Deception and Research

Will Thalheimer in his recent post "People remember 10%, 20%...Oh Really?" comments on false information masquerading as research fact:

People do NOT remember 10% of what they read, 20% of what they see, 30% of what they hear, etc. That information, and similar pronouncements are fraudulent. Moreover, general statements on the effectiveness of learning methods are not credible---learning results depend on too many variables to enable such precision. Unfortunately, this bogus information has been floating around our field for decades, crafted by many different authors and presented in many different configurations, including bastardizations of Dale's Cone. The rest of this article offers more detail.

Thalheimer does a great job of tracking down the sources of this misinformation, showing that sometimes it was a result of intentional deception. As he concludes,

It will seem obvious, but each and every one of us must take responsibility for the information we transmit to ensure its integrity. More importantly, we must be actively skeptical of the information we receive. We ought to check the facts, investigate the evidence, and evaluate the research. Finally, we must continue our personal search for knowledge---for it is only with knowledge that we can validly evaluate the claims that we encounter.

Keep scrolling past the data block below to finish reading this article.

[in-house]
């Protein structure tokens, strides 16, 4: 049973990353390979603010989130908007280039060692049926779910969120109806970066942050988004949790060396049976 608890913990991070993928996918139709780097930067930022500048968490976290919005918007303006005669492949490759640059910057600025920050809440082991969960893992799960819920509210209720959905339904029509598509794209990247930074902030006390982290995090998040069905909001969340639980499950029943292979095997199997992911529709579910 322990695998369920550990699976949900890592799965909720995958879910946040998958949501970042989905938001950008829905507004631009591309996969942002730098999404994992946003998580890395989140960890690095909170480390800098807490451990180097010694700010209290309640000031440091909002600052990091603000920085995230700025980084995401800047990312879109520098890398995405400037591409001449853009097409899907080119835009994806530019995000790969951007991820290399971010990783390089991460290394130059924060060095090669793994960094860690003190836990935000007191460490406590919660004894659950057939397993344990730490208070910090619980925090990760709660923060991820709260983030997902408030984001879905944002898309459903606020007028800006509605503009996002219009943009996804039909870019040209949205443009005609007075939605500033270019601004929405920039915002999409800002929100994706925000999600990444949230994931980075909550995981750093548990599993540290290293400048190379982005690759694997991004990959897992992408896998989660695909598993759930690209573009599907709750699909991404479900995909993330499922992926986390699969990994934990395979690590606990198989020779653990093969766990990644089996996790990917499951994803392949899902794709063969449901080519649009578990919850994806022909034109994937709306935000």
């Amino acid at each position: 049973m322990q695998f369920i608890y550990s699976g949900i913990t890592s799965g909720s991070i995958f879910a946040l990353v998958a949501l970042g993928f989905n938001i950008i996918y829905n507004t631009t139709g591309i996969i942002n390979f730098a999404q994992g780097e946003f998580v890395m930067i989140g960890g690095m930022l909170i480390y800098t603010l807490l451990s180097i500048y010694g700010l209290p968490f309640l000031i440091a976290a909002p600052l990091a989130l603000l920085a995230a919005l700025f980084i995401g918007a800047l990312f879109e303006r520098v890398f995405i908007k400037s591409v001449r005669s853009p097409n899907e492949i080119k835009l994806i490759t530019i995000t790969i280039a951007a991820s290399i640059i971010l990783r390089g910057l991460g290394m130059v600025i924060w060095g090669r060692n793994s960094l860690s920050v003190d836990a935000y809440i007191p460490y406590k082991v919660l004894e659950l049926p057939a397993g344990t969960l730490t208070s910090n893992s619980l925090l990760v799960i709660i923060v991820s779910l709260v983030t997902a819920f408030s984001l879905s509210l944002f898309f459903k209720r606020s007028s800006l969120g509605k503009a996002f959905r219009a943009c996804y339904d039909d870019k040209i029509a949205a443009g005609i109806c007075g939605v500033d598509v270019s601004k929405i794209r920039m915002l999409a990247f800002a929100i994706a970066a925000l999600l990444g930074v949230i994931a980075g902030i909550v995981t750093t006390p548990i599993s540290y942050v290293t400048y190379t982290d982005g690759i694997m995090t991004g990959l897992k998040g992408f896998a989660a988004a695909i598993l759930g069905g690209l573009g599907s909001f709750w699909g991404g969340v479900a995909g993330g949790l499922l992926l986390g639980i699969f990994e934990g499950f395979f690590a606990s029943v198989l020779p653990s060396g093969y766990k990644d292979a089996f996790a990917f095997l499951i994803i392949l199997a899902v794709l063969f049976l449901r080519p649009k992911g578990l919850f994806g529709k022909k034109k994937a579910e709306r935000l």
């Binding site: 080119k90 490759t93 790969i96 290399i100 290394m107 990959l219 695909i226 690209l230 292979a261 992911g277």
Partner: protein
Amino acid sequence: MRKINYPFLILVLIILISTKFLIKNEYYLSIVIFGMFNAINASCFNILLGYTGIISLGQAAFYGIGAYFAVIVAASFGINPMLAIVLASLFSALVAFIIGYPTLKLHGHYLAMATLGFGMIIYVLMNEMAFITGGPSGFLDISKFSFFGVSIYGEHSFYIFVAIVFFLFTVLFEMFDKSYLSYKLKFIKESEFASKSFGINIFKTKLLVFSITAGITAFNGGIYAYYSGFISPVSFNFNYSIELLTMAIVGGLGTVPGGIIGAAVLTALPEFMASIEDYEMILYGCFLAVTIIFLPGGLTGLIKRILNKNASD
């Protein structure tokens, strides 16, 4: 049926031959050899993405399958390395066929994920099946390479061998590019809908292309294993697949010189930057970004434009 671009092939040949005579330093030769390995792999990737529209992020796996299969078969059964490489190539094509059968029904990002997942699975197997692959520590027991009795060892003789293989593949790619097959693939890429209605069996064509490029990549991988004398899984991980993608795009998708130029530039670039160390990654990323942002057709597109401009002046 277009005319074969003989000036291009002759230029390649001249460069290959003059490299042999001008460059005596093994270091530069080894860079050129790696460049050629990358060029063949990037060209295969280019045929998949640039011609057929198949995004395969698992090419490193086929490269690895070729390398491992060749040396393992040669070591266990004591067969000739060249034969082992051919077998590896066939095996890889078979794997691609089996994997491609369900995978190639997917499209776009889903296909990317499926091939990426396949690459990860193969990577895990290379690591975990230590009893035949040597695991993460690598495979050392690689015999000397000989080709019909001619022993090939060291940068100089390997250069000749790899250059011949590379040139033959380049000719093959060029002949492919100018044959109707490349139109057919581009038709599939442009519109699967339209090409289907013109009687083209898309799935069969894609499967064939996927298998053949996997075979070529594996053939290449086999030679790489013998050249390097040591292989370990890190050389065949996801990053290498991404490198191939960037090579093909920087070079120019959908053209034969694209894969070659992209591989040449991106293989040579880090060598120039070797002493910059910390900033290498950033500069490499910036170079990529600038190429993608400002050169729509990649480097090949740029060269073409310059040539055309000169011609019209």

Update (June 8, 2008): A recent CISCO report (via Edutopia), "Multimodal learning through media: What the research says", supports Thalheimer, concluding,

The complexity of teaching and learning becomes increasingly apparent as the physiological, cognitive, social, and emotional aspects of learning become known. The percentages related to the cone of learning were a simplistic attempt to explain very complex phenomenon. The reality is that the most effective designs for learning adapt to include a variety of media, combinations of modalities, levels of interactivity, learner characteristics, and pedagogy based on a complex set of circumstances.

In general, multimodal learning has been shown to be more effective than traditional, unimodal learning. Adding visuals to verbal (text and/or auditory) learning can result in significant gains in basic and higher-order learning. The meta-analytic findings in this report provide insights into when interactivity augments multimodal learning of moderately to complex topics, and when it is advantageous for students to work individually when learning or building automaticity with basic skills.